Florida’s newly-appointed Republican Secretary of State Michael Ertel resigned on Thursday afternoon after images of him attending a Halloween event in blackface more than a decade ago surfaced.
In the photographs, Ertel can be seen dressed in drag, wearing a blue shirt with fake breasts underneath. He had also darkened his face to a brown color, adding red lipstick to his lips. The theme of his costume, according to The Ledger in Lakeland, Florida, was “Hurricane Katrina victim.”
“There’s nothing I can say,” Ertel said over the phone when he was confronted about the photographs by local media, before his resignation. He didn’t try to deny that it was him dressed in blackface.
Ertel dressed in the costume he made just a few months after Hurricane Katrina ravaged much of the Gulf Coast. According to CBS News reporting from that time, response to the storm was criticized as being too slow, especially when it came to helping people of color.
Ertel had been appointed earlier this year by Republican Gov. Ron DeSantis, who was just inaugurated into office after a contentious election this past November. DeSantis himself faced widespread criticism for remarks many suggested were racist, attacking his African American opponent, Tallahassee Mayor Andrew Gillum and urging voters not to “monkey this up” by electing him instead.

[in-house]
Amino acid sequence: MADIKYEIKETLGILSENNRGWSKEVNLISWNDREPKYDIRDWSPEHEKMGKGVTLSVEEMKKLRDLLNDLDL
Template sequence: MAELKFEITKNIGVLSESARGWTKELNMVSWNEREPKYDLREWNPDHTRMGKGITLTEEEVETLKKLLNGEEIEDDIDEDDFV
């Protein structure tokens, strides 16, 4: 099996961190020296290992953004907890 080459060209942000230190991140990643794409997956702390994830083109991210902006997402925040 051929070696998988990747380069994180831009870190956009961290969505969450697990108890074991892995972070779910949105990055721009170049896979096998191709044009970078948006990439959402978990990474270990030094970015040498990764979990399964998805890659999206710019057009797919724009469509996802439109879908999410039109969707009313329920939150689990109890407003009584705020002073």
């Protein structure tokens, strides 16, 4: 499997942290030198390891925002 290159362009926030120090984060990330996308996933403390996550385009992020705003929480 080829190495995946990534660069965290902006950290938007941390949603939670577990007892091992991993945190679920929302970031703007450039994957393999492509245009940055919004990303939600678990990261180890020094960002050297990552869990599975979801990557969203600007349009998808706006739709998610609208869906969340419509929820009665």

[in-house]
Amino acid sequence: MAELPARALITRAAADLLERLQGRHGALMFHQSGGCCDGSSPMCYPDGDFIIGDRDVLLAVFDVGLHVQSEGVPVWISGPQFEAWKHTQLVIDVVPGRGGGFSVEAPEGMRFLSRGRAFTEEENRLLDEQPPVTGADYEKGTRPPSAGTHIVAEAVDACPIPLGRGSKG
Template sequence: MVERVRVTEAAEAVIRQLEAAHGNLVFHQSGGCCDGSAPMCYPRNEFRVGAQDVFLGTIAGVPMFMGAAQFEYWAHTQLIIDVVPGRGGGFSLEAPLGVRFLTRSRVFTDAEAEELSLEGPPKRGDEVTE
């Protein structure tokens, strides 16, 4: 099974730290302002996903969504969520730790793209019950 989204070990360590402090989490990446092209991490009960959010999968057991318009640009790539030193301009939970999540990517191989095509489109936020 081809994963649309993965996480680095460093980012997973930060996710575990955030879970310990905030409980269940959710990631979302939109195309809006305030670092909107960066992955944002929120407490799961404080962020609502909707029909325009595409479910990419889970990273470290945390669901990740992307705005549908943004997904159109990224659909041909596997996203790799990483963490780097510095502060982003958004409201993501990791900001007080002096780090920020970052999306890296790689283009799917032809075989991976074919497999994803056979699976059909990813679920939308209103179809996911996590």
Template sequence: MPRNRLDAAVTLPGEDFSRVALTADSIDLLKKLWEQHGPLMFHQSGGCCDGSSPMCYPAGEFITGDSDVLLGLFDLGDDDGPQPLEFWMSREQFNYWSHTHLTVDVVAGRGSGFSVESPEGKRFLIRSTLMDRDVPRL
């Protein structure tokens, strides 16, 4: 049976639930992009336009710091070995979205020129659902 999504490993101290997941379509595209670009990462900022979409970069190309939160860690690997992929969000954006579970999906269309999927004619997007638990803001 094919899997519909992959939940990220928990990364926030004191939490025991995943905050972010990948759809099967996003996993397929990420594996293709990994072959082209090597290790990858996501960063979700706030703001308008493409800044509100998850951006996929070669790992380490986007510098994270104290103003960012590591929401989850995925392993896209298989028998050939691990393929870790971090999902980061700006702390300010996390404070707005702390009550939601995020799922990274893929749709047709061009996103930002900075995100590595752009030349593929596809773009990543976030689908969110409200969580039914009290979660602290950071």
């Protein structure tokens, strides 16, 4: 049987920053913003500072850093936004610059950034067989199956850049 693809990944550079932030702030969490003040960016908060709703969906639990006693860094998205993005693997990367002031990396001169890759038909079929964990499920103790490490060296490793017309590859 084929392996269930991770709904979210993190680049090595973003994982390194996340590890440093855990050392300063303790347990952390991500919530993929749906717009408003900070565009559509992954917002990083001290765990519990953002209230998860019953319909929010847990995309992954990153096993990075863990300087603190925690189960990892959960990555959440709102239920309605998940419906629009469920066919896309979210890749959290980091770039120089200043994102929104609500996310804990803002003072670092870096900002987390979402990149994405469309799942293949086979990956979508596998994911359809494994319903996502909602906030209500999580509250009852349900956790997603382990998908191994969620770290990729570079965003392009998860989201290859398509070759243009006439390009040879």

Michael Ertel, the newly appointed Secretary of State of Florida by Gov. Ron DeSantis, has resigned after photos emerged of him posing as a Hurricane Katrina victim in blackface at a private Halloween party 14 years ago.https://t.co/LkJ3MKxuiN pic.twitter.com/HhIOs706gG
— Cory Provost (@coryprovost) January 24, 2019
On Thursday, DeSantis accepted the resignation of Ertel, expressing what seemed like sadness over the pictures that were released.
“It’s unfortunate. He’s done a lot of good work,” DeSantis said of Ertel.
DeSantis also seemed dismissive over the controversy. “I don’t want to get mired in side controversies,” he said, according to the Tallahassee Democrat.
Blackface in America can be traced back to minstrel shows from the 19th century, when white actors would dress up and put dark makeup on their faces, acting as if they were African Americans, depicting those individuals in boorish and racist ways, according to reporting from Vox.
The continuation of blackface into the 20th century kept the tradition alive, although by the middle to the end of the century it was considered incredibly offensive. Still, periodically individuals in politics or celebrities make headlines for continuing the racist practice.
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Chris Walker is a freelance writer based out of Madison, Wisconsin. A millennial with more than a decade of journalism experience, Chris aims to provide readers with the latest and most accurate news of national importance. Chris likes to spend his free time doing activities in his community with his family.